Homeowners and owners of commercial properties alike are concerned about the costs of building and/or renovating their properties, and are keen to make sure they stay within the rules and comply. After all, nobody wants to build or repair a building and find out later that compliance issues are holding up the sale, remodel, or other transaction regarding the property. This article is for those in the design and construction trades who want to know when an architect’s stamp is required, and likewise for owners to be similarly informed. Nobody likes surprises, especially if they result in scuttling a project.
On June 14, 2011, the Design Professionals Council of the Master Builders Association of King and Snohomish Counties hosted a panel from the Washington State Department of Labor & Industries and the Washington State Board for Architects to discuss recent changes to the rules for licensing architects (RCW 18.08). There are a number of changes which were discussed by the panel, but this article instead focuses on changes the panel emphasized were intended to clarify the point at which a licensed architect’s stamp on a set of plans is required on a project. The changes took effect on July 1, 2011.
A Bit of Background
The relevant rules are at Revised Code of Washington (RCW) 18.08.410 (5), (6) and (7). Before July 1, 2011, the rules governing architect licensing generally did not apply to or prevent “any person from doing design work…for the erection, enlargement, repair or alteration of a structure or any appurtenance to a structure, if the structure [was] to be used for a residential building of up to and including four dwelling units or a farm building or is a structure used in connection with…such residential building…such as a garage, barn, shed, or shelter for animals or machinery…[nor did the rules prevent] any person from doing design work…for construction, erection, enlargement, alteration, or repairs of or to a building of any occupancy up to four thousand square feet [4000sf] of construction.”
Given the occasional ambiguities of the English language and the realities of how things play out in the field, this version of the statute resulted in some confusion over the years, particularly on two issues: (1) whether residential projects of 4 units or less had to involve an architect if the project would be more than 4000sf, and (2) whether sub-projects on commercial buildings (such as tenant improvements) needed an architect if each individual project was under 4000sf, even if the total square footage of the area being worked on exceeded 4000sf.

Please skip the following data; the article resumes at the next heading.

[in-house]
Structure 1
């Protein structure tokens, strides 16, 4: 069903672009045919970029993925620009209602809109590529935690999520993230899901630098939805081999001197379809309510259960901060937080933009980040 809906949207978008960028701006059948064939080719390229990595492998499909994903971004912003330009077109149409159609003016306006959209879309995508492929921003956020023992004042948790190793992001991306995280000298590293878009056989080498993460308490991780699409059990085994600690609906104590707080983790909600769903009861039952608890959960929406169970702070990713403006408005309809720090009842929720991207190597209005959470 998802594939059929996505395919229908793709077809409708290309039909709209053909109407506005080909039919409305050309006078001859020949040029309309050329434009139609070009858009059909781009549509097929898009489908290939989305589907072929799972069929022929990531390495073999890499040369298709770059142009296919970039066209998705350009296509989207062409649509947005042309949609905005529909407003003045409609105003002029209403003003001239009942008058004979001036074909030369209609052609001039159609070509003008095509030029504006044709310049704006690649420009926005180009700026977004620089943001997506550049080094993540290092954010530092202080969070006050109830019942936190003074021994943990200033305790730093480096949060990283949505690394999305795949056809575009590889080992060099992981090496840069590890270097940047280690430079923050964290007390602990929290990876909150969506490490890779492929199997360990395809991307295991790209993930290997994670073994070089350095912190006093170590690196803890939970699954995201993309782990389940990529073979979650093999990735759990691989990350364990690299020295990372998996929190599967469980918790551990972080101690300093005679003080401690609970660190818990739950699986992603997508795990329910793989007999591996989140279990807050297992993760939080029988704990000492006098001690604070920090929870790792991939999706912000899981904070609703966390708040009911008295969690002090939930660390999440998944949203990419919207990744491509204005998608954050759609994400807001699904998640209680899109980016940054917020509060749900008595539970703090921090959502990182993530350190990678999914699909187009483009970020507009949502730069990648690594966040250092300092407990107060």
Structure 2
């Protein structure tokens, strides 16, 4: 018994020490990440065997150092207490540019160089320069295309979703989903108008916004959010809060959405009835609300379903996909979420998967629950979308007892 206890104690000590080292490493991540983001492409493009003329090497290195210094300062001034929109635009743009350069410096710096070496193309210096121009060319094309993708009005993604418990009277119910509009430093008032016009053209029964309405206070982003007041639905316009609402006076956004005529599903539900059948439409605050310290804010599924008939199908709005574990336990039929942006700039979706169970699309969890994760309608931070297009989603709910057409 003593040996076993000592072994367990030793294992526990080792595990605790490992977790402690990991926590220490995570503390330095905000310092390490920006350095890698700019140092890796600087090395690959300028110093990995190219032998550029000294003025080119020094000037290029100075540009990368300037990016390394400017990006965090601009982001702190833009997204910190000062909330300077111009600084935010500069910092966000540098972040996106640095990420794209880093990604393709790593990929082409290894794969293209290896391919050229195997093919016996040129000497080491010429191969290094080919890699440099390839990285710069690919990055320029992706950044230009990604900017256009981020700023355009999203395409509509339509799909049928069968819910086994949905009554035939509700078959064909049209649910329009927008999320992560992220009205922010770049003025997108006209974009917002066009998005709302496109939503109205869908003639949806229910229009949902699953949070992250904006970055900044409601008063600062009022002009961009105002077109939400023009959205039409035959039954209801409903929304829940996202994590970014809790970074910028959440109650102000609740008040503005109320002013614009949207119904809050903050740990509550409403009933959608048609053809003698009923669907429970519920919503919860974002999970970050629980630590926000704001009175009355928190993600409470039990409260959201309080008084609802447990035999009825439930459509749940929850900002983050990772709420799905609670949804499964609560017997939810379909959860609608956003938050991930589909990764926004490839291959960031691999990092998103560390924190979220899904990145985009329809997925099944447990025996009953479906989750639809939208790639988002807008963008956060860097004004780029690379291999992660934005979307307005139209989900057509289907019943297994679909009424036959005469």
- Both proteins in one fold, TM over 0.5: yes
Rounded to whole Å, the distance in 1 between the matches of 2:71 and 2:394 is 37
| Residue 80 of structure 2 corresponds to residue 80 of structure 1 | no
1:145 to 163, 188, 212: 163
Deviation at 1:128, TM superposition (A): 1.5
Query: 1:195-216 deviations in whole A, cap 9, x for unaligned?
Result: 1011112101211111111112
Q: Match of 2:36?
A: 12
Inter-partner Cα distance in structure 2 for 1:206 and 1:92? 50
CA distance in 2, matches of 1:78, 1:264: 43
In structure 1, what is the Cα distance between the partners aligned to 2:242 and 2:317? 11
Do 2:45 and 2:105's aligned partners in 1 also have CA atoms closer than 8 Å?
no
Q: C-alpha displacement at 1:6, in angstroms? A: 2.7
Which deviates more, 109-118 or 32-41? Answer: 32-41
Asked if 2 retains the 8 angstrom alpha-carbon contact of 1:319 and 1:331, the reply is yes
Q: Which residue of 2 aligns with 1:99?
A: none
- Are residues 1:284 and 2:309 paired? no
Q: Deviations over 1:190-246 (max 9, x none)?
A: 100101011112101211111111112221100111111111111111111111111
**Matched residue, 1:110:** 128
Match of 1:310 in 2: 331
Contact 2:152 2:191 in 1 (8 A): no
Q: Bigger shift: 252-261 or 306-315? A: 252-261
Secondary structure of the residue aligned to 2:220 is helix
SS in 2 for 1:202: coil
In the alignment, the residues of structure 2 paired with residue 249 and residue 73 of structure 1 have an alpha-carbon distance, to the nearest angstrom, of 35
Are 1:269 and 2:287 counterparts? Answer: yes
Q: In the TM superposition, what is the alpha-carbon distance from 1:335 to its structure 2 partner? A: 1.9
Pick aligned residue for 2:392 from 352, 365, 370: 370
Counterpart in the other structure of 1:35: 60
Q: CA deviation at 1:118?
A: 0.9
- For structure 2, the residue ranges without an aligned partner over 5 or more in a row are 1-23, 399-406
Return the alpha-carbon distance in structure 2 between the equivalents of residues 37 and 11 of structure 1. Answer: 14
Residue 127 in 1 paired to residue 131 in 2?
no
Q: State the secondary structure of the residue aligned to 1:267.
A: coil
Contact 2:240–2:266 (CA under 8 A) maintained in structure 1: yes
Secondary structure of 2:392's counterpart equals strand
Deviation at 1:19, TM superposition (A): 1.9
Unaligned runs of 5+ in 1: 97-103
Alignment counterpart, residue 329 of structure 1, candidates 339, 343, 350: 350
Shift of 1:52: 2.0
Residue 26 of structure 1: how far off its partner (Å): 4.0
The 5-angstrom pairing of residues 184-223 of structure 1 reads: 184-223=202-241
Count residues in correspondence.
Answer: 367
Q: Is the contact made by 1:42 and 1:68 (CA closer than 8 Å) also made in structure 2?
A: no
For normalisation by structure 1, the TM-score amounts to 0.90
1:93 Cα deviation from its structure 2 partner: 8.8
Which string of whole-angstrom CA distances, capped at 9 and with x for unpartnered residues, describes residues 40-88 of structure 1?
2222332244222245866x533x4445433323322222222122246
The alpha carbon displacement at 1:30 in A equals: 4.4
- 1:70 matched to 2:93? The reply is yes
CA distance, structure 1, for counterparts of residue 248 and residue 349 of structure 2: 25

The amended version of RCW 18.08.410 basically answers thusly: (1) no, and (2) yes.
What Are the Changes and What Do They Mean?
RCW 18.08.410(5), (6) and (7), effective July 1, 2011, now say the rules governing architects do not apply to or prevent “any person from doing design work …for the erection, enlargement, repair or alteration of a structure or any appurtenance to a structure regardless of size if the structure is to be used for a residential building of up to and including four dwelling units…
As to non-residential projects, the architect licensing rules do not affect or prevent “any person from doing design work ….for construction, erection, enlargement, alteration, or repairs of or to a building of any occupancy up to a total building size of four thousand square feet; or…where the project size is not more than four thousand square feet in a building of greater than four thousand square feet and when the work contemplated by the design does not affect the life safety or structural systems of the building. The combined square footage of simultaneous projects allowed…may not exceed four thousand square feet.”
So What Does This Mean For Me?
Here are the practical effects:
(1) If you are a homeowner, or are hired by a homeowner, to design the construction or remodel of any size (so long as it is 4 units or less), you are not required to have the plans stamped by an architect;
(2) If you own a non-residential (commercial) building and plan to renovate it, you will not need an architect if the total square footage will be less than 4000sf; however, beware that this comes with a caveat: if the life safety or structural systems will be affected by the work, you will need an architect even if the total area at issue is less than 4000sf;
(3) Non-residential projects larger than 4000sf require an architect’s stamp.
The upshot is to eliminate some confusion that has bedeviled the industry, and to more clearly express the intent of the legislature. Regardless of whether one agrees or disagrees with where the line is drawn as to when an architect’s stamp is required, it is important to know where the boundaries are. Local building officials will be better able to enforce what the law requires be submitted to them, contractors working with customers can give sound advice, designers will know what limitations they must work within, and property owners can plan accordingly.
Of course, individual situations vary, so it is important to consult with your design professionals, construction team, and permitting authorities; this article is intended as a general overview only, and is not to be construed as legal advice.
© 2011 Law Office of Susan K. Fuller, PLLC